• It doesn't take into account q= etc for the client indicating a media type preference.
  • Probably more failures I've not thought about...

 

Hopefully that helps the discussion a bit. Like I say, I'm still wrangling over how to handle OData across different versions. Currently we're parsing the OData filter ourselves via another HttpOperationHandler.

Thanks,

Andrew

Jan 9, 2012 at 2:23 PM
Edited Jan 9, 2012 at 2:23 PM

Siggi,

>> The incoming request has an accept header that specifies the resource type and version being requested, as well as the format the client wants it in.

I think you're making the Accept header do an awful lot of work here, and this is leading to the complexity.  I find this ironic because I've gone the other way and pushed all of these decisions onto the URI.  I don't use the Accept header.

For selecting "resource type" / "API method" (if I understand you correctly) I would definitely use the URI.  That is: if by these terms you mean a resource, then definitely use a different URI for each resource; that's what the URI is for.

For version, I also recommend the URI.  See recipe 13.7 in Subbu's RESTful Cookbook.

Now for format, and this is where it gets interesting.  I have a service with a single, entry-point URI; all the other URIs are service generated.  Each resource has an XML- and a JSON- based representation, identified by media types that are private to the service.  The requested format is identified by "format=xml | json" in the query string; I don't use the Accept header at all.  Why?  I figure that if a client enters the service requesting a particular format, then they want to stick with that format for the duration.  I doubt a client will want to switch from XML to JSON half-way through.  So to support this, the client has to specify format=X on the initial request (default is XML, but I might switch it to JSON in order to better support code-on-demand via JavaScript) and from then on all outgoing service-generated URIs explicitly include this format selection query string.  In other words, the client doesn't have to set an Accept header on each and every request; why should it?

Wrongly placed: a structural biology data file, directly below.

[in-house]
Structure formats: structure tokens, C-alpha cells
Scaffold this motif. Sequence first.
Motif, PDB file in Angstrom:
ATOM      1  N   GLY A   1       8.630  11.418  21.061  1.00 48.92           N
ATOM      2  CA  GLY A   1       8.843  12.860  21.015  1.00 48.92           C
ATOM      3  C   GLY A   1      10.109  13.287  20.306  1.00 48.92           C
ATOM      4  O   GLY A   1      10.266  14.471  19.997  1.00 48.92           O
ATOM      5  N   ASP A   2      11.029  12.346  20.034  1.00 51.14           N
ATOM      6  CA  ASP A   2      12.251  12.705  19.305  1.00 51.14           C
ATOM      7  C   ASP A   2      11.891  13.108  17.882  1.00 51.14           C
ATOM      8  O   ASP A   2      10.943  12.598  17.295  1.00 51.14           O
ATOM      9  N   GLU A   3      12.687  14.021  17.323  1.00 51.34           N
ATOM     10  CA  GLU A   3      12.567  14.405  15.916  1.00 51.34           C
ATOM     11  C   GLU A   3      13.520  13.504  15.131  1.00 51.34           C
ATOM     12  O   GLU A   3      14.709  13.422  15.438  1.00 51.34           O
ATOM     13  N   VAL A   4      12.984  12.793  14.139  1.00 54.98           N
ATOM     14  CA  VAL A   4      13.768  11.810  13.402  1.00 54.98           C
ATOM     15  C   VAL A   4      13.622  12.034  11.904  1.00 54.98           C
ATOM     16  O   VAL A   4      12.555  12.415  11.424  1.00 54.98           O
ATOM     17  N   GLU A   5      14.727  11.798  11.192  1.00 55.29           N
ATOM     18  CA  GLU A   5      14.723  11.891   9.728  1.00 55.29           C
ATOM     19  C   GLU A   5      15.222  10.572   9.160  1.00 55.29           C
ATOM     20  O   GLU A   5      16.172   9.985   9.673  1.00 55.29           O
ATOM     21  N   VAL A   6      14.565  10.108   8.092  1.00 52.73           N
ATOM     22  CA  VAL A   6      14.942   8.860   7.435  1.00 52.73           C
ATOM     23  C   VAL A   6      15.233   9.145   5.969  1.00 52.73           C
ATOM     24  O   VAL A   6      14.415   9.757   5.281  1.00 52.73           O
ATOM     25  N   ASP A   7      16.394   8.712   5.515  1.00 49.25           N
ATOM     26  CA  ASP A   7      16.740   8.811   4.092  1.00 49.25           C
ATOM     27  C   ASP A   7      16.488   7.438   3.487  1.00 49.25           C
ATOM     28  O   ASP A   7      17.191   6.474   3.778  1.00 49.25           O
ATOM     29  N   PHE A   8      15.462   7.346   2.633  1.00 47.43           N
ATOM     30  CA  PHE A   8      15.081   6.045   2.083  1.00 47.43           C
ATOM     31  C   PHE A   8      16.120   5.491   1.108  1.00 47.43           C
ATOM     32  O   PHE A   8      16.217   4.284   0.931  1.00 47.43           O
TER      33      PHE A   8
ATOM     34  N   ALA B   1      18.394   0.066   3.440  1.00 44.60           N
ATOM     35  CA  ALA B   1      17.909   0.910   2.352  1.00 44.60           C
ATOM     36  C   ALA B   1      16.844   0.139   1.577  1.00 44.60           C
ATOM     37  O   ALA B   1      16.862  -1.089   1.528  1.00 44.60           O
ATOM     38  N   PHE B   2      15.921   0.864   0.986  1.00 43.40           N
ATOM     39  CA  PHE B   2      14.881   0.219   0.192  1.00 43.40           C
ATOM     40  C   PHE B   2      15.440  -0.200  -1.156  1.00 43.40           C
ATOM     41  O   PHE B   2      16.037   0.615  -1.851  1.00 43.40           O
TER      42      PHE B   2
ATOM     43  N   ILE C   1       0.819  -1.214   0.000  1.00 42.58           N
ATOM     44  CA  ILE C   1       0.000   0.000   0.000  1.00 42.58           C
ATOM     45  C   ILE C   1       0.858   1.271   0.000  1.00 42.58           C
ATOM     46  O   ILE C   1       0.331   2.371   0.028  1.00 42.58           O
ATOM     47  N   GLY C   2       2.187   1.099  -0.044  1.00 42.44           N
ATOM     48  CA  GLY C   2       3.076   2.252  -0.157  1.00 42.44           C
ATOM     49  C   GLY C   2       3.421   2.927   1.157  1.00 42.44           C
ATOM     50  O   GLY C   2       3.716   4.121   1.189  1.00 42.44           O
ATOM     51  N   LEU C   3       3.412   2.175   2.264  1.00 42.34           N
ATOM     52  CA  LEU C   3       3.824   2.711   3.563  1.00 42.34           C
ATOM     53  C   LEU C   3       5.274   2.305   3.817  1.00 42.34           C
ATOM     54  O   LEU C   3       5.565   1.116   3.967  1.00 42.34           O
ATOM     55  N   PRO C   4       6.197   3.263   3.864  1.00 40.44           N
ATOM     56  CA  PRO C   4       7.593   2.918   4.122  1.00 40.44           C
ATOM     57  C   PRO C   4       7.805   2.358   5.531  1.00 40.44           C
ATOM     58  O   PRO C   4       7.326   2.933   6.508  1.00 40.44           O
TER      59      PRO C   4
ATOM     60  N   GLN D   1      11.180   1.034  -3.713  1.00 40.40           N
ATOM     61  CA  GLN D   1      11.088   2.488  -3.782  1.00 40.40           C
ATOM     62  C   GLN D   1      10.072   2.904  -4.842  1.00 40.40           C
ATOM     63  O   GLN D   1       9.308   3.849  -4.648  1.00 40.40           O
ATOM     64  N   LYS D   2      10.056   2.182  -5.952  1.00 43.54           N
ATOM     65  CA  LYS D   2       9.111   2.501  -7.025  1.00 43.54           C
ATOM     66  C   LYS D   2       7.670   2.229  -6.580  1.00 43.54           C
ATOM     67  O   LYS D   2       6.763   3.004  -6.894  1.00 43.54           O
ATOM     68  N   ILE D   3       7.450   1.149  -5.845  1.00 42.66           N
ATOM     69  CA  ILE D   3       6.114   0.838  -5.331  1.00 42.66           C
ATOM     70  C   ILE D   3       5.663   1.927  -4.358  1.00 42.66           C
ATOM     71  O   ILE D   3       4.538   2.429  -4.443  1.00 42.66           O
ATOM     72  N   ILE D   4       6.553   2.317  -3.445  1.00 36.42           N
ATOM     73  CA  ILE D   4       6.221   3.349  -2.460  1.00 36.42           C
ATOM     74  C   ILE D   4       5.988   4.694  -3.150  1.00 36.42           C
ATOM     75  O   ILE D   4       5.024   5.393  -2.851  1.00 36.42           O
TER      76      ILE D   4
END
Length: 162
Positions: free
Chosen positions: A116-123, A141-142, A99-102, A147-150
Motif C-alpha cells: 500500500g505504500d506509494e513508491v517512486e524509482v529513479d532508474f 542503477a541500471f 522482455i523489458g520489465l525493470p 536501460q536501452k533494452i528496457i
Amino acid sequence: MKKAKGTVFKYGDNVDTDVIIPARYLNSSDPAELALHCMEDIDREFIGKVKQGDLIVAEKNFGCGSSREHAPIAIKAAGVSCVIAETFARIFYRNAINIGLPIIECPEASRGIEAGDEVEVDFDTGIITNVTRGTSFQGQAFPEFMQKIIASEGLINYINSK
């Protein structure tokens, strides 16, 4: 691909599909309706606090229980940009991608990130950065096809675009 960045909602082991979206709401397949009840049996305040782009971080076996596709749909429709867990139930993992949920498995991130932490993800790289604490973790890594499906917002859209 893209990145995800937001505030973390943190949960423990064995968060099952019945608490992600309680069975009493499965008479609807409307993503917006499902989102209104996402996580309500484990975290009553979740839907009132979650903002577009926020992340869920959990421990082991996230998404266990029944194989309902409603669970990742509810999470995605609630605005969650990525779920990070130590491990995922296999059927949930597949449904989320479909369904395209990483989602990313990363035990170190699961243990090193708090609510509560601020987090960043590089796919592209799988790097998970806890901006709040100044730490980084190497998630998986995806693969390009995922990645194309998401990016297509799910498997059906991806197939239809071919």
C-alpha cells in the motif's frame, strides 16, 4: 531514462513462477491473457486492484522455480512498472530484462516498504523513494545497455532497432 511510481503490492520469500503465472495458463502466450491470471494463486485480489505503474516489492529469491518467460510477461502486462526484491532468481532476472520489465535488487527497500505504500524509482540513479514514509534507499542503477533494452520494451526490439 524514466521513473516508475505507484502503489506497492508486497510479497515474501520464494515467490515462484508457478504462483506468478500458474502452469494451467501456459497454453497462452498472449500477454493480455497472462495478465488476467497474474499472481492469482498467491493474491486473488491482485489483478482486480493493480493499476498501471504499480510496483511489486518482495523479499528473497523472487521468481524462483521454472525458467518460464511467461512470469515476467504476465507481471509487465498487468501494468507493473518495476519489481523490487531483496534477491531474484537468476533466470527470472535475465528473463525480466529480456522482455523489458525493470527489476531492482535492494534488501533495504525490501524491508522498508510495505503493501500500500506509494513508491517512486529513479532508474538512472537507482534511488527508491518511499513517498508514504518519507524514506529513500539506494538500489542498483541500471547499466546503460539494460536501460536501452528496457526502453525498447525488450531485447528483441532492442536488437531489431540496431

So: in WCF Web API terms my XML-based media type formatters always emit URIs with format=xml, and my JSON-based media type formatters always emit URIs with format=json.  Processing on the client and the service is greatly reduced.  If a client does want to flip from XML to JSON (or vice versa) then they can take a service-gen'd URI and modify the format=X part (that part of the identifier isn't opaque, by design).

Another thing that bothers me about the Accept header: if a resource returns a JSON representation in "application/vnd.something.very.specific+json" then should the Accept header be set to that media type in order to get it?  If so, then that's effort.  Or is "application/json" good enough?  If so then it doesn't seem quite right: bit of a mismatch there.  I find that using format=xml | json makes this sort of problem go away.

Jan 9, 2012 at 2:48 PM
Edited Jan 9, 2012 at 3:16 PM

Thanks for your reply Andrew (Riscy that is), it's good to know there are more people out there considering similar approaches :)
OData is not a concern in my case though, so I guess I can simplify some things.

I'm not very fond of having one method with branches for the different resource versions, I would prefer to have different methods for each.  I know this should be possible by writing an operation selector, but I haven't looked into it yet.